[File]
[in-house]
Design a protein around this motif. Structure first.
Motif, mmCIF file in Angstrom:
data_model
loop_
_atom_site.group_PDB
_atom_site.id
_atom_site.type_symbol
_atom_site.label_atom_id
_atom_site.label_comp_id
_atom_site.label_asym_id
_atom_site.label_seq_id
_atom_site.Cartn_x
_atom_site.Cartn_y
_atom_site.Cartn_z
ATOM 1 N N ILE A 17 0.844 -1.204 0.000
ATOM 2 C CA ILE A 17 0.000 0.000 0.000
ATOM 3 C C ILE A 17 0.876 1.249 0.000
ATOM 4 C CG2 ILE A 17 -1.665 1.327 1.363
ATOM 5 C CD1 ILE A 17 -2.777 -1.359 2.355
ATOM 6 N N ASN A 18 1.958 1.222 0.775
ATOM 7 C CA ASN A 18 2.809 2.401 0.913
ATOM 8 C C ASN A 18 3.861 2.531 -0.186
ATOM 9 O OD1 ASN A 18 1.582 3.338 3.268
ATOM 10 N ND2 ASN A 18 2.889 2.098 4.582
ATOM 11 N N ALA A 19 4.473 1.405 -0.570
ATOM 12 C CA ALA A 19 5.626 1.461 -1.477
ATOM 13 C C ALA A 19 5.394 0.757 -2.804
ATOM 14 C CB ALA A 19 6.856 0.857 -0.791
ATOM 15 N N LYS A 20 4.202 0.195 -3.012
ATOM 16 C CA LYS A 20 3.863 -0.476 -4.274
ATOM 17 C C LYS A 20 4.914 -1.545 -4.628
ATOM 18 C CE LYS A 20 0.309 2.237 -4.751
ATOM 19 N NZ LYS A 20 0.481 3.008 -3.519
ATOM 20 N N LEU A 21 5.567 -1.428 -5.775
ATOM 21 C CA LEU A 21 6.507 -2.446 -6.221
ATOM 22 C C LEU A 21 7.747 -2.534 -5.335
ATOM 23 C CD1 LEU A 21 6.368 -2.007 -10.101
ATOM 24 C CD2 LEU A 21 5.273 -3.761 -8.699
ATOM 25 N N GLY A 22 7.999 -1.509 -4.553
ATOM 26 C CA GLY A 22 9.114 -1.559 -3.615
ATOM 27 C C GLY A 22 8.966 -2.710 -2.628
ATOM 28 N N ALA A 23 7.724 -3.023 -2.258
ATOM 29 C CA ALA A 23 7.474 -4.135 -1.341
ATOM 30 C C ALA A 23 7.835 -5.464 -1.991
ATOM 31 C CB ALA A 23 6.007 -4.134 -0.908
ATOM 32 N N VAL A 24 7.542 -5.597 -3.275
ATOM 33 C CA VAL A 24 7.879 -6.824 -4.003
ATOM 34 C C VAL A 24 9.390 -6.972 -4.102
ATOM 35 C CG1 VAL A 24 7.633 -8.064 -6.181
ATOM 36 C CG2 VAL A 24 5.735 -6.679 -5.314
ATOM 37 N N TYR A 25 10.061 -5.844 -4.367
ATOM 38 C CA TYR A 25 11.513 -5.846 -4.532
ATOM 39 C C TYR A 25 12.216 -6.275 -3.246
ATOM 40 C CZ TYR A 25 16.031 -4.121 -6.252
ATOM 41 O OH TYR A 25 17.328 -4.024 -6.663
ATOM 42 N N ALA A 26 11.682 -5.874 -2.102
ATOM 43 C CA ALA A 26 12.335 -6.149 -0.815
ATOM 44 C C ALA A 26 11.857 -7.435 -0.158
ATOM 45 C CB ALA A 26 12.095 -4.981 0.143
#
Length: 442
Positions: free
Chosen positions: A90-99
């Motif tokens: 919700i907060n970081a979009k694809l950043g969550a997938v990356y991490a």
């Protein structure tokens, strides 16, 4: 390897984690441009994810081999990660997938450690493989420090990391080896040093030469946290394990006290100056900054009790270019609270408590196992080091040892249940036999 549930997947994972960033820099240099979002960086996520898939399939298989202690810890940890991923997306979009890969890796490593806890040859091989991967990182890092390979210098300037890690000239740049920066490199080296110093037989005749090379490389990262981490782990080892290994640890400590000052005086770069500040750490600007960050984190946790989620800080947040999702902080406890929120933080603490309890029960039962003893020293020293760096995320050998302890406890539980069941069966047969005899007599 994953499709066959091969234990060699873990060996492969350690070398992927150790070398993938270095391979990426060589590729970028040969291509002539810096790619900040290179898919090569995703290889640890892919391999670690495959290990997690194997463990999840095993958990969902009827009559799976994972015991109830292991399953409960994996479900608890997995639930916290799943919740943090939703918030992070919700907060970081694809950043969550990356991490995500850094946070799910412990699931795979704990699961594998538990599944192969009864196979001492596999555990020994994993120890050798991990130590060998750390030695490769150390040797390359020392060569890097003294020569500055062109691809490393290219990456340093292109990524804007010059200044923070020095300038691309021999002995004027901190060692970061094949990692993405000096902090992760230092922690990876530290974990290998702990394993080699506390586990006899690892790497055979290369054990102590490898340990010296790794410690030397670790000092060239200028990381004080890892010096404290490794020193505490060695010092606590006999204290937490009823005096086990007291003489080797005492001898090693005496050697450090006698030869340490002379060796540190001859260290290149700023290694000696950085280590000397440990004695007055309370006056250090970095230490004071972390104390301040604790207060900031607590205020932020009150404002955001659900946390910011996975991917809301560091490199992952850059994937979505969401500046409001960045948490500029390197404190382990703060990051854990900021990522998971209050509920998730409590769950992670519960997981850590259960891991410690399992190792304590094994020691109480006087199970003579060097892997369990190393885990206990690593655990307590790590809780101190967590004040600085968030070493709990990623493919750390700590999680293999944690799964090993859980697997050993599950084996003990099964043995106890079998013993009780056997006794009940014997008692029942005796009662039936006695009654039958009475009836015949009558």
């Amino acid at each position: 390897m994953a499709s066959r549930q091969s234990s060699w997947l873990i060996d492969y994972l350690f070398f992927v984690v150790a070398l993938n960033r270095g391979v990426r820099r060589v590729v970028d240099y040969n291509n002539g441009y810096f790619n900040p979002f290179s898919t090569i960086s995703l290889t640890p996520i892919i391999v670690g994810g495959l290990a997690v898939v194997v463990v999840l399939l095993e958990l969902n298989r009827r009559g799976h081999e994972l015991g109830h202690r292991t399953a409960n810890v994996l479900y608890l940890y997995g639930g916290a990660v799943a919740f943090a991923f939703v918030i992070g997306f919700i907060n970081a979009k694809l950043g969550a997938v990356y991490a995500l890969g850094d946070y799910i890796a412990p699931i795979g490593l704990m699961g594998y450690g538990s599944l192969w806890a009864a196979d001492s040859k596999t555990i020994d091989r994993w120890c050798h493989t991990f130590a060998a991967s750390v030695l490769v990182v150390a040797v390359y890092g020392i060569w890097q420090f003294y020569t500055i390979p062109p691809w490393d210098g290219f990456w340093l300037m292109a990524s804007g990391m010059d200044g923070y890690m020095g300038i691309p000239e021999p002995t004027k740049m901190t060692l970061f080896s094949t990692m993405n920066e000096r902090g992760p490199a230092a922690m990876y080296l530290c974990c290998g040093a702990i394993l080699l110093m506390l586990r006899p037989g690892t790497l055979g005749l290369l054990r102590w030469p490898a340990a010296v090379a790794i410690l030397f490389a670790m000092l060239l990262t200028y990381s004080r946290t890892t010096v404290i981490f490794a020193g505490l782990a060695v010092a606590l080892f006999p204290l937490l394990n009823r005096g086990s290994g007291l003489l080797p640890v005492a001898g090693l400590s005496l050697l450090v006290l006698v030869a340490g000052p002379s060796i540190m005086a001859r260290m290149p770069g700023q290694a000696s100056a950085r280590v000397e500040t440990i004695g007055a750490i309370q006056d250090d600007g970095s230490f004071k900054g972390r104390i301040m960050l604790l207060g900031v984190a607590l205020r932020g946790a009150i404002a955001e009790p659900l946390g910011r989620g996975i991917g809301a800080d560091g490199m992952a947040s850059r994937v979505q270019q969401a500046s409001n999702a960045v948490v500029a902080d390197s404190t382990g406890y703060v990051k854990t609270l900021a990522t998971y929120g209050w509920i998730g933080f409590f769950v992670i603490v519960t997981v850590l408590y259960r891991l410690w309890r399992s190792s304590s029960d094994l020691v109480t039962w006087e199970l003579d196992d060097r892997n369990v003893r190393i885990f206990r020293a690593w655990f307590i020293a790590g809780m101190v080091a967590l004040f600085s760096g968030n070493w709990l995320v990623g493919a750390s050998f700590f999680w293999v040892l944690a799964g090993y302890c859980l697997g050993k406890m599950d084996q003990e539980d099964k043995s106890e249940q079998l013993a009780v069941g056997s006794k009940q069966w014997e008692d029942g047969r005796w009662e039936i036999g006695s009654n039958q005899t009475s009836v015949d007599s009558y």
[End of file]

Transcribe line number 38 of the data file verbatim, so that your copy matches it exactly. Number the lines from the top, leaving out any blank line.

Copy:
ATOM 23 C CD1 LEU A 21 6.368 -2.007 -10.101